When I last posted an excerpt, it was the opening page or so of Chapter One of Darnahsian Pirates. While I usually post just one time from each chapter, I thought I should post a second from this one. Again, it's Chapter One, "Charting a New Course," from the third of the Stone Island Sea Stories. It might be interesting to some because it involves Pierce meeting a real life and fairly famous historical character.
Stern windows of HMS Victory, Lord Nelson's flagship at Trafalgar, now drydocked in Portsmouth. I found this pic on Twitter and have no means of identifying of crediting the photographer.
When he came ashore earlier, he hadn’t known when he would be returning and had dismissed his gig’s crew, planning either to signal for them, or to hire a shore boat. At the hard, he noticed a barge and crew, waiting to return a captain to his ship. Perhaps he should have asked his gig’s crew wait or return at a specific time for him. Yet there were boats for hire he could use, although at this instant, none seemed available. No matter, he would wait. While the December air was cool, it was not raining, and the moderate wind did not cut through to his skin.
Pierce stood idly, lost in his thoughts. His introspection dissolved when a voice behind him said: “Commander, might I offer you transport to your ship?”
“I would not wish to trouble you, sir.”
“It would trouble me more to see you remain in the cold. Has your boat’s crew defaulted?”
“Indeed not, Captain. I had no idea of my time ashore, and wished they not spend it waiting for me.”
“Commendable, Commander to consider your men. Now, if you’ll join me, sir, we’ll have you aboard shortly.”
“I do thank you, Captain?”
“Thomas Hardy, HMS Victory. And you sir, are?”
“Edward Pierce, His Majesty’s Schooner Island Expedition. And might I express my condolences regarding your loss,” said Pierce respectfully.
Once they were seated in the stern sheets and the barge began its journey toward the anchored ships, Hardy continued the conversation. “Island Expedition, sir? The large jack-ass brig we passed upon entering the roadstead today?”
“She might be identified as such, but we have always thought of her as a schooner. Truth be told, sir, perhaps she is a little of both.”
“But I’m sure she answers nicely to all tasks put before her.”
“Before I am remiss, I thank you for your expression of sympathy. The salute rendered by your hands was noted and appreciated as well.”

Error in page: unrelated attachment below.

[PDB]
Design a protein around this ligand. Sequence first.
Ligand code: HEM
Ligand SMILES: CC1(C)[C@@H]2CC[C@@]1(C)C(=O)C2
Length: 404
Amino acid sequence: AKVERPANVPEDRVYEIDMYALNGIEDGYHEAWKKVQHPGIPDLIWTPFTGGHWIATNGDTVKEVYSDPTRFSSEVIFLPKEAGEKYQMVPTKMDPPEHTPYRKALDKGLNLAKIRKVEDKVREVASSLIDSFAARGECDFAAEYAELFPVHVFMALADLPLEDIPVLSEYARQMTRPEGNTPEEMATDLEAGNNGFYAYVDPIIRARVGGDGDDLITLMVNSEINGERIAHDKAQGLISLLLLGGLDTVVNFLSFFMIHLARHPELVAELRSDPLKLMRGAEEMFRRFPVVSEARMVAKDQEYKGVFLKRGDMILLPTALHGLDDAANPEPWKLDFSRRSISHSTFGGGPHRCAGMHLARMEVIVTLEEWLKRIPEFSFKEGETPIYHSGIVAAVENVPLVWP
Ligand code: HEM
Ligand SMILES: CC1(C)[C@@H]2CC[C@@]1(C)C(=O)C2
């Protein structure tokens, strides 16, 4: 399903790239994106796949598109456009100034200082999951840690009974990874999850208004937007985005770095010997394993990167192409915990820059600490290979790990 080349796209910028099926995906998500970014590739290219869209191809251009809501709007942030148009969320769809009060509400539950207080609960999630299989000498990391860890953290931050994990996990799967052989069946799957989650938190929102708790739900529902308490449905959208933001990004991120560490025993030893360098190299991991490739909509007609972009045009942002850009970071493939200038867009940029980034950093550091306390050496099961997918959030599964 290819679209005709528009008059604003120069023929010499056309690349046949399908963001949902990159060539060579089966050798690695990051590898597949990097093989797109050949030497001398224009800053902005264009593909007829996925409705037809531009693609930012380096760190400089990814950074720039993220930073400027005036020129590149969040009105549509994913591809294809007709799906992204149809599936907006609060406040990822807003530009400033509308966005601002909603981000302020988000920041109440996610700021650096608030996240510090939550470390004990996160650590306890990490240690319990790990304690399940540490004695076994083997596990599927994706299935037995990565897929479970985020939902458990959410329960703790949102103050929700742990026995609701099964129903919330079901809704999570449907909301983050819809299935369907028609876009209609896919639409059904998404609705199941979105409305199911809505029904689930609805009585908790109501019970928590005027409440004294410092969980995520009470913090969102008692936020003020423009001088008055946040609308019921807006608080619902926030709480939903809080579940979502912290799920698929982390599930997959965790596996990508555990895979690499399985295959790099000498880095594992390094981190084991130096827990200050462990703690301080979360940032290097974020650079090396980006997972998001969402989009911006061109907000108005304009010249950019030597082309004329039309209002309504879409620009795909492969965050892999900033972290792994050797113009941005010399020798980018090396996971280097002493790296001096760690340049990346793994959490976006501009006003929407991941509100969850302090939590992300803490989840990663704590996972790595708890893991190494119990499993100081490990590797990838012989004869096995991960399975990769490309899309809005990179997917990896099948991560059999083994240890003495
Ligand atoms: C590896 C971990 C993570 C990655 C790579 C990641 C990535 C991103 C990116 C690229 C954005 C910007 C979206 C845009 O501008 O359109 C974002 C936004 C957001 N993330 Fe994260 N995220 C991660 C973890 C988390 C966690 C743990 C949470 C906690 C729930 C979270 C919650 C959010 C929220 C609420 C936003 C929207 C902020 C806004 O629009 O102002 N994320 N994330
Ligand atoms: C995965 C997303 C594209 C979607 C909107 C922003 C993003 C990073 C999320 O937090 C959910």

“You’re welcome, sir. Many served under Lord Nelson in the past.”
“And you, Commander Pierce?”
“I was in Orion at the Nile, sir. Two older brothers were hands aboard Captain at Cape St. Vincent.”
“I see,” said Hardy. “Then as for us, it is a personal loss.”
“Quite so, sir. Even those aboard who never served with him feel it.”
“But I hear you have had some adventures of your own.”
“I’ve been with the port admiral all evening. Curiosity compelled me to ask about the unusually rigged, large schooner, and he complied by detailing what he could of your voyage. Honestly, sir, I would react the same as he is wont to, had there not been instructions from higher levels regarding your situation.”
“Believe me, sir, had I not experienced it, I would also regard such reports and substantiations in the same manner.”
“Aye, the possibility of other worlds and nations not unlike those we know here, stretch one’s credibility to the breaking point. Yet in conversation these past few moments, I do not detect any insincerity or deceit.”
“Most kind, sir.”
“I may not believe all aspects of your tale, or, shall I say, the parts I’m aware of, those in higher places who support you must have reasons for doing so.”
“I am most grateful for their support and belief. I’m sure that whatever comes my way will be for the good of King and Country.”
“Spoken as a loyal and dutiful, subject, sir. Now, do we approach with ceremony or not, Commander?”
The barge with its large crew of oarsmen and the tide in its favor was already nearing Island Expedition. “Port side, if you please, sir.” At this hour he did not want to disturb the side boys and bo’sun’s mates to provide the proper ceremonies upon returning. If he had command of a larger ship, a frigate or ship-of-the-line, perhaps he would make use of a private gallery ladder to come aboard unannounced. Instead, he used the port rather than the starboard boarding ladder to indicate his return would be quiet.